Frequently asked questions about professional liability coverage
Review HPSO’s Frequently Asked Questions about professional liability insurance coverage to find out which policy is right for you and how you can cover yourself from an unexpected lawsuit.
Does having my own professional liability insurance make me a more likely target for a lawsuit?
Why do I need an individual professional liability policy? Won't my employer's insurance cover me?
Will my policy provide coverage if I'm assaulted on the job?
What is the difference between occurrence and claims-made coverage?
I am certified as a paramedic. Will my policy cover me while I am working as a volunteer fire fighter?
Is the premium different for a Physical Therapist that is self-employed and leasing office space in a building?
I'm currently an EMT-Basic with a volunteer rescue squad, but will be upgrading to EMT-Intermediate with the same volunteer agency. What would my premium be?
How do I upgrade or reduce my insurance coverage (limits of liability, hours I work per week, etc.)?
How do I cancel my policy?
1. Does having my own professional liability insurance make me a more likely target for a lawsuit?
No, having your own professional liability insurance coverage does not make you a more likely target for a lawsuit. When something happens and a patient is injured, most attorneys will name everyone who was involved in the patients' care in the lawsuit—whether you have your own coverage or not.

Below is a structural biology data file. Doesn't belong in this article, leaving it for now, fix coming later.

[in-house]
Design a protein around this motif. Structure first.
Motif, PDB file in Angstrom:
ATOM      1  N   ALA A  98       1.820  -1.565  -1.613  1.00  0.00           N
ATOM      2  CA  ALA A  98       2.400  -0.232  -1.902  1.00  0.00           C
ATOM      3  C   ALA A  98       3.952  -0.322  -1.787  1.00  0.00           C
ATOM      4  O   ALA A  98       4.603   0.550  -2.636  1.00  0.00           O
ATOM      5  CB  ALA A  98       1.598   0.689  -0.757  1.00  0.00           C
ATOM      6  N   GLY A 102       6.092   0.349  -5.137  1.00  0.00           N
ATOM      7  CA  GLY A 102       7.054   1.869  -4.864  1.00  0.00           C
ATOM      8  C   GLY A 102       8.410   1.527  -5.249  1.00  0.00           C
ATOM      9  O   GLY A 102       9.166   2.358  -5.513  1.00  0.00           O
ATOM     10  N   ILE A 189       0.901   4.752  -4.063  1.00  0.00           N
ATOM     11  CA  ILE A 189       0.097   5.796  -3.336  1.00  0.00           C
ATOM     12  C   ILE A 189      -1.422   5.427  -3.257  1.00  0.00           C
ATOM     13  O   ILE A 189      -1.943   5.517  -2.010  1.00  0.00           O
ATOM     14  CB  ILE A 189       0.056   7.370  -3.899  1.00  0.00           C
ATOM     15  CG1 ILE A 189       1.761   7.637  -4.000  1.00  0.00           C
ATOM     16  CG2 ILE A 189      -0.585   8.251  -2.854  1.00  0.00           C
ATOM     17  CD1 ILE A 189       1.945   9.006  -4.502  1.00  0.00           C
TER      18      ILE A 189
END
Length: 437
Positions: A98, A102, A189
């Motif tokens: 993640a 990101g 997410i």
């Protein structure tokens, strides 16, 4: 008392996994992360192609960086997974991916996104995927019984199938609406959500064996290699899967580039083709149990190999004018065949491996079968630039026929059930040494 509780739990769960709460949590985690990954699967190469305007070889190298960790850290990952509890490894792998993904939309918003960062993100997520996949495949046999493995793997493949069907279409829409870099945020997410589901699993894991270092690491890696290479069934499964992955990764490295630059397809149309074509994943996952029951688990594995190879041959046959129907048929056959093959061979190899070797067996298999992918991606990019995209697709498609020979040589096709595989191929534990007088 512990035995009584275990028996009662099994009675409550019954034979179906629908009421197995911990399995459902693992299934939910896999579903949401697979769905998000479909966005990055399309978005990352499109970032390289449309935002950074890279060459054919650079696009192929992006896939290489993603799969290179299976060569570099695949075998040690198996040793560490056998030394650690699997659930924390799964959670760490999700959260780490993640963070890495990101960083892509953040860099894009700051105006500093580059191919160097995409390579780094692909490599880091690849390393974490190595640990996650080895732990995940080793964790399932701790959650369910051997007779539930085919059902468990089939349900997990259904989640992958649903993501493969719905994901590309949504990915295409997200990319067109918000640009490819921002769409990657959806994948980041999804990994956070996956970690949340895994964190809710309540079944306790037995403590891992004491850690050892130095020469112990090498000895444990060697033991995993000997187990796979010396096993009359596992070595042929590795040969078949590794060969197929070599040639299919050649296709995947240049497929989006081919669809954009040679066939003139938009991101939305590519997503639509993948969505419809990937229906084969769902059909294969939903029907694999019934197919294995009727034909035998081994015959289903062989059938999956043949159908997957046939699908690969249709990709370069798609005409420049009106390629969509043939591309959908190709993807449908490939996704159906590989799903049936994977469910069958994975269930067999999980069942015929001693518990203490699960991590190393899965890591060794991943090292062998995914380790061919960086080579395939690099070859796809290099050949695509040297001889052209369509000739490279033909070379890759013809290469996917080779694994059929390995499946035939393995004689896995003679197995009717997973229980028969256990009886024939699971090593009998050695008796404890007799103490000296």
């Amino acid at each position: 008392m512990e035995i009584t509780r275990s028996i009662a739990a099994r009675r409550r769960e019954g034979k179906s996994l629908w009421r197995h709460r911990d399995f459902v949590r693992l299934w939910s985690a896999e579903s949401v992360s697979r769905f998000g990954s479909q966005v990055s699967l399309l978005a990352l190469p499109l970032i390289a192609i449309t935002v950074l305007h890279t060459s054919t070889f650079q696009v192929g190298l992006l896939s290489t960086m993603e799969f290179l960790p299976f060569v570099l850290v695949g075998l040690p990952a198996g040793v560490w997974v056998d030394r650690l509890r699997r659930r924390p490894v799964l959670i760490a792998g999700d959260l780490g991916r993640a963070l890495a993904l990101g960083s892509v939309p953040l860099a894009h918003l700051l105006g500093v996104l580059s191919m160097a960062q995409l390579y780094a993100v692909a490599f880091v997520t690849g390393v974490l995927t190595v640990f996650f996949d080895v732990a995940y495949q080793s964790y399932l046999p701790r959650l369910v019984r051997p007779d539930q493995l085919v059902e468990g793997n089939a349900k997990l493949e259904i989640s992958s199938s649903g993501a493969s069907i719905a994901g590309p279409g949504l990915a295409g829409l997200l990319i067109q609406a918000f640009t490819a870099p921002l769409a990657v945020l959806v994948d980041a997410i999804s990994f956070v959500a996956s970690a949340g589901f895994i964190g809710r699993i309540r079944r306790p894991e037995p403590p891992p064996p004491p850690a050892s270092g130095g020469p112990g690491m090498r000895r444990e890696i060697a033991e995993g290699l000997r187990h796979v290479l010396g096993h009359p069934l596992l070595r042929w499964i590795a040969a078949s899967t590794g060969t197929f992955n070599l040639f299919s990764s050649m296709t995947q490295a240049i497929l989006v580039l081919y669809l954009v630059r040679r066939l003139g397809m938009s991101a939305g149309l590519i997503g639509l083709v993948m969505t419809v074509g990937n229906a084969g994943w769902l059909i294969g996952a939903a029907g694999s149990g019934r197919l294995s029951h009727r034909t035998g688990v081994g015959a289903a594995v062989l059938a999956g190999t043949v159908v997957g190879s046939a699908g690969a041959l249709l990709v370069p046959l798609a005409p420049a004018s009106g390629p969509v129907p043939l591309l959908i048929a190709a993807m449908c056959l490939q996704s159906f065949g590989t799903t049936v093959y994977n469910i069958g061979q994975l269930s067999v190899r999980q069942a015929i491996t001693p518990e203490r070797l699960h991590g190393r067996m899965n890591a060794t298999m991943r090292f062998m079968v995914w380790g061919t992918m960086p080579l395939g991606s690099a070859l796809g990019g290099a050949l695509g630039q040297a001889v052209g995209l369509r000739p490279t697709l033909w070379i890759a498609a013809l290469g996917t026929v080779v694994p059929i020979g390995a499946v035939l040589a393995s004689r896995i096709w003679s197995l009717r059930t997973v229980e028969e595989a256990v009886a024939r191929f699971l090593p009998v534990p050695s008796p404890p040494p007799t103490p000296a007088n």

In addition, no one knows, not even the patient's lawyer, that you have your own professional liability insurance. We can't confirm your policy's existence to anyone other than you without your expressed written consent. So you won't be named in a lawsuit just because you have coverage.
2. Why do I need an individual professional liability policy? Won't my employer's insurance cover me?
Professional liability insurance safeguards you against allegations of malpractice. While your employer may provide coverage for you, it may not be enough to cover you in all cases. Your employer's policy is designed to protect the employer’s needs and interests first.
Your employer's policy probably only covers you while you are at work and is unlikely to cover you if you give advice to a friend or neighbor after hours, perform volunteer work, or moonlight outside of your full-time job. The professional liability policy offered through HPSO is individual coverage that will protect you for these activities, as well as provide coverage over and above your employer's policy, even if you change jobs.
For more information on the benefits of having your own coverage click here.
3. Will my policy provide coverage if I'm assaulted on the job?